Consider a piece of metal of length $L$ and linear thermal expansion coefficient $\alpha$. We eat the metal $\Delta T$ degrees, causing the metal to increase to length $$ L' = L + L \alpha \Delta T$$ Now, cool the object back to the original temperature. This causes the metal to decrease in length to $$L'' = L' - L'\alpha\Delta T \\ = L + L \alpha \Delta T - (L + L \alpha \Delta T)\alpha \Delta T \\ =L (1 - \alpha^2 \Delta T^2)$$
My intuition would lead me to believe that heating up and then recooling an object would cause it to return to the same size it began at (if it did not, then bridges which repeatedly warmed and cooled would continually shrink) but this is not true according to my mathematics, which indicates that warming and recooling an object leaves it slightly smaller than it was before.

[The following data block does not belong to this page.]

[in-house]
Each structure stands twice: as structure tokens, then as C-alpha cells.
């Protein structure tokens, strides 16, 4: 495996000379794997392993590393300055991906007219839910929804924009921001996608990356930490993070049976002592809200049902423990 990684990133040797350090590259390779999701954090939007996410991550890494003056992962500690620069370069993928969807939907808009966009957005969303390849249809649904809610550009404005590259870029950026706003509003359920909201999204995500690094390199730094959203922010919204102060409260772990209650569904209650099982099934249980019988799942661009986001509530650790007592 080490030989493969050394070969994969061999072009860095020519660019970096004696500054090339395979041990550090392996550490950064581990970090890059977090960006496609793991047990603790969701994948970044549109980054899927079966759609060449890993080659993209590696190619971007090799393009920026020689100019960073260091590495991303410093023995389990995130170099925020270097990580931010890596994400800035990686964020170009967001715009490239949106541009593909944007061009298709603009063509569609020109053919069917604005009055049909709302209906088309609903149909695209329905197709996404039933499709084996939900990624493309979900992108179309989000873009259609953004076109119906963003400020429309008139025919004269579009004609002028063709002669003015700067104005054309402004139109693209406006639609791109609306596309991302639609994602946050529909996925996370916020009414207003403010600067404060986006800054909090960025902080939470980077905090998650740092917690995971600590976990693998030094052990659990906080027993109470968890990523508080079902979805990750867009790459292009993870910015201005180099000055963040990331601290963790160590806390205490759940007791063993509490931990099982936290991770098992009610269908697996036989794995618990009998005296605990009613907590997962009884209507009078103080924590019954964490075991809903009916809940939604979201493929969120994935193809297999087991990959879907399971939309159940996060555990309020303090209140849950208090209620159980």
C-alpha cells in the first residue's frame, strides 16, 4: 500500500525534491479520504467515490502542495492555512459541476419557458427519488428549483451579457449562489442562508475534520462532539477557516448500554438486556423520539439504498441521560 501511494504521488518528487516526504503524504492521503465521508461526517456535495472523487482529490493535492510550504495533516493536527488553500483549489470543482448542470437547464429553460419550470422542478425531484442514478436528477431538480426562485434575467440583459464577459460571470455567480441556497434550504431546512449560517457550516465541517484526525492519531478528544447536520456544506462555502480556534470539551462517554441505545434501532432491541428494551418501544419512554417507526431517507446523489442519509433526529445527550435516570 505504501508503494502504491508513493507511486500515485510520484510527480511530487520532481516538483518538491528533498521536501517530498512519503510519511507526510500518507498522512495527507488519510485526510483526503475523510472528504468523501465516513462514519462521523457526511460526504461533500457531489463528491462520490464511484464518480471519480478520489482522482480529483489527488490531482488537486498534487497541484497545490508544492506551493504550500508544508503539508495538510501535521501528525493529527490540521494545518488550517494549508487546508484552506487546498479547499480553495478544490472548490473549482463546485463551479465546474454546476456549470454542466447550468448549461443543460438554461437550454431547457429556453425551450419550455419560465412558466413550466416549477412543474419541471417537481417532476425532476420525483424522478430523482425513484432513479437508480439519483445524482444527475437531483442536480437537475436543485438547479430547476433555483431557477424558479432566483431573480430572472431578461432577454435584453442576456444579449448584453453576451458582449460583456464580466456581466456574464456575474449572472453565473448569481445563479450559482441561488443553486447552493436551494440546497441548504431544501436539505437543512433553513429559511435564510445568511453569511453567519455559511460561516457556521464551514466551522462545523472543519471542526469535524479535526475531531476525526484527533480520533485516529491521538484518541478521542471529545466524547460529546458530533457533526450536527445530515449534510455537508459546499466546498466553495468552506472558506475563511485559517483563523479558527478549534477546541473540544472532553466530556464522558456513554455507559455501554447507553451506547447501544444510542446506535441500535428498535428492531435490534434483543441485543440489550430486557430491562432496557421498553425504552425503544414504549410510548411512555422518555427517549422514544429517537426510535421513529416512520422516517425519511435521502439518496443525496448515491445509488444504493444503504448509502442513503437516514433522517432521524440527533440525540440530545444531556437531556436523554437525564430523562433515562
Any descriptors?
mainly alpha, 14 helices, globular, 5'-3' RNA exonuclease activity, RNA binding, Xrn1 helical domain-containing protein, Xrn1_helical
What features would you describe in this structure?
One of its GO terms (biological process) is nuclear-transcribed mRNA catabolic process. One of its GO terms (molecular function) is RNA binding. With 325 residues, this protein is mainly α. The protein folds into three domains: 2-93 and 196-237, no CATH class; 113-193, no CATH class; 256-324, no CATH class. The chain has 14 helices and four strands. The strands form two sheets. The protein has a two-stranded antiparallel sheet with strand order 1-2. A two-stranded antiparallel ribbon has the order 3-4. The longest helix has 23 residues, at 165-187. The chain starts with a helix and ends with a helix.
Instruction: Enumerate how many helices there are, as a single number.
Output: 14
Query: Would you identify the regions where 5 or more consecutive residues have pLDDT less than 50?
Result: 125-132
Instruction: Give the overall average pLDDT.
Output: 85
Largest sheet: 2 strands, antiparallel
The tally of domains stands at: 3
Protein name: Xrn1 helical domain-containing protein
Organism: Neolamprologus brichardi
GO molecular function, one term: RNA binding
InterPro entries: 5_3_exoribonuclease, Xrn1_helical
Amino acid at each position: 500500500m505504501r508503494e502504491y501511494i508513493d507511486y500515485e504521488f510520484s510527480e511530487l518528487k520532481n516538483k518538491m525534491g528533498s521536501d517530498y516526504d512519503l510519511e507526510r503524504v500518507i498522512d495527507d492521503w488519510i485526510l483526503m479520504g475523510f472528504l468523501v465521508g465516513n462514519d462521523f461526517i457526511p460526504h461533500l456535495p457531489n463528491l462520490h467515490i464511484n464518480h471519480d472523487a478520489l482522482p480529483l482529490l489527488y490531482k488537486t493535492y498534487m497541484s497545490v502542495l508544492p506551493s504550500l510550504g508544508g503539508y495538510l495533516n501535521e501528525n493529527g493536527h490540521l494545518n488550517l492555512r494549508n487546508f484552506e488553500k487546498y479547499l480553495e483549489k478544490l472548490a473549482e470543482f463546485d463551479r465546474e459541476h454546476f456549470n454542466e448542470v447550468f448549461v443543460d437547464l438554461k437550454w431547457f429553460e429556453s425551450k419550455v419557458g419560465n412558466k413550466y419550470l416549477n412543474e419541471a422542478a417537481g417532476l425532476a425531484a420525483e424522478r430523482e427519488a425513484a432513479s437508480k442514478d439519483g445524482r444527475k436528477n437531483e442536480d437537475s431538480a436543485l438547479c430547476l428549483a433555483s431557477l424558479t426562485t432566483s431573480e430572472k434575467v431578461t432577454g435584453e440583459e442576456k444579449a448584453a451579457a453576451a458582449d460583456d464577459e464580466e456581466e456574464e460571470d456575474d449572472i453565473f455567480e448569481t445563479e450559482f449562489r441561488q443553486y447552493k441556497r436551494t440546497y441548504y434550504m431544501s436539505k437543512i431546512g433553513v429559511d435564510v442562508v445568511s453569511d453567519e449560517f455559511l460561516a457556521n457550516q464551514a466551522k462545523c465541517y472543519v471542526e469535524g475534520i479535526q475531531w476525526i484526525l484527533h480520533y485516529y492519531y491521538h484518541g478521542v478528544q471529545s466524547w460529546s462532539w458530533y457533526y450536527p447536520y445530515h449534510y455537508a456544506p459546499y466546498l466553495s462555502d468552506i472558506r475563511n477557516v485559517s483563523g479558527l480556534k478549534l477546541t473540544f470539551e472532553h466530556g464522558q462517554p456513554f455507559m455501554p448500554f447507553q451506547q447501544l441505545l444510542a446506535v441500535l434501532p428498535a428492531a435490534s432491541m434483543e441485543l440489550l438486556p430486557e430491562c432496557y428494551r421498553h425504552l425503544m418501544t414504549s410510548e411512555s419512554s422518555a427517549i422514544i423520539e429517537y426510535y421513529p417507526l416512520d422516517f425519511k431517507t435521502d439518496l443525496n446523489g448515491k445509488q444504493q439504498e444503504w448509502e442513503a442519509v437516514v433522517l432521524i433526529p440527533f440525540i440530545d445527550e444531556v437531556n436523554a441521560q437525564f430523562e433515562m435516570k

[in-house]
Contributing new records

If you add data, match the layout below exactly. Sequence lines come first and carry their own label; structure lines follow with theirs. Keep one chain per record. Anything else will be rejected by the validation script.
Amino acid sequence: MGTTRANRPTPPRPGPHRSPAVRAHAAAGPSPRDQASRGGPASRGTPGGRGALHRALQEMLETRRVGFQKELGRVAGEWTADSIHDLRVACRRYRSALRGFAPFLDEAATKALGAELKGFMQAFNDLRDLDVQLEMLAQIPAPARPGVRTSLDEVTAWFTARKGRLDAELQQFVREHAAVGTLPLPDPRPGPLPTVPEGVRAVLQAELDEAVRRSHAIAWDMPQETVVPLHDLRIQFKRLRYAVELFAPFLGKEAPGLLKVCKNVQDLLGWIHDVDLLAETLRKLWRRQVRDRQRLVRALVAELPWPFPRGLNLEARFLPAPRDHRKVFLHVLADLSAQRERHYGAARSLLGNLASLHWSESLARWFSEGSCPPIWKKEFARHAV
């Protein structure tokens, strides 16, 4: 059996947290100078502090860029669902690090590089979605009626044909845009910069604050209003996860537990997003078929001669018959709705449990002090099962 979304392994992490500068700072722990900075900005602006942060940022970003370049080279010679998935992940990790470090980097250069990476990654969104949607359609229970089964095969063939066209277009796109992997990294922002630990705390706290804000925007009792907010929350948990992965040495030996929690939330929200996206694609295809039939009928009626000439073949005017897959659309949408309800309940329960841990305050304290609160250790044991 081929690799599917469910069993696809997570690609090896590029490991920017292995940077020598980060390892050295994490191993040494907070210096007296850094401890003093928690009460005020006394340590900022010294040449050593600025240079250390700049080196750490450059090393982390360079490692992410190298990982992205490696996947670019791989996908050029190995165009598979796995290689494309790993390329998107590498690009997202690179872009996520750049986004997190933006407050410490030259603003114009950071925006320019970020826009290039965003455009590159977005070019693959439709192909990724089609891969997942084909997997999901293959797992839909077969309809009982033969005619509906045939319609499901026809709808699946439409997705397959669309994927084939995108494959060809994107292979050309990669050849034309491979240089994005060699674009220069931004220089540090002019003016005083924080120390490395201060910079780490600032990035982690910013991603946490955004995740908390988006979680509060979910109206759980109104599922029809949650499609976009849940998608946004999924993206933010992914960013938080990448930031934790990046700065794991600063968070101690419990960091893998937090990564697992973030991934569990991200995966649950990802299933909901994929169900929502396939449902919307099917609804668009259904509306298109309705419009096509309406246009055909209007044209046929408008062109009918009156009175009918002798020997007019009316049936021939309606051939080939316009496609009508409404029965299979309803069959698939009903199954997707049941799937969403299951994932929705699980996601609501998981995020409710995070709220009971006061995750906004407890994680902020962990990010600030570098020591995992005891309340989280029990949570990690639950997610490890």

Do objects really not return to their original size when recooled? If so, then why do objects which warm and cool on a daily basis not slowly shrink?
I suspect that this may be related to $\alpha$ varying over the range of temperatures, but I didn't think that was a significant effect for solids.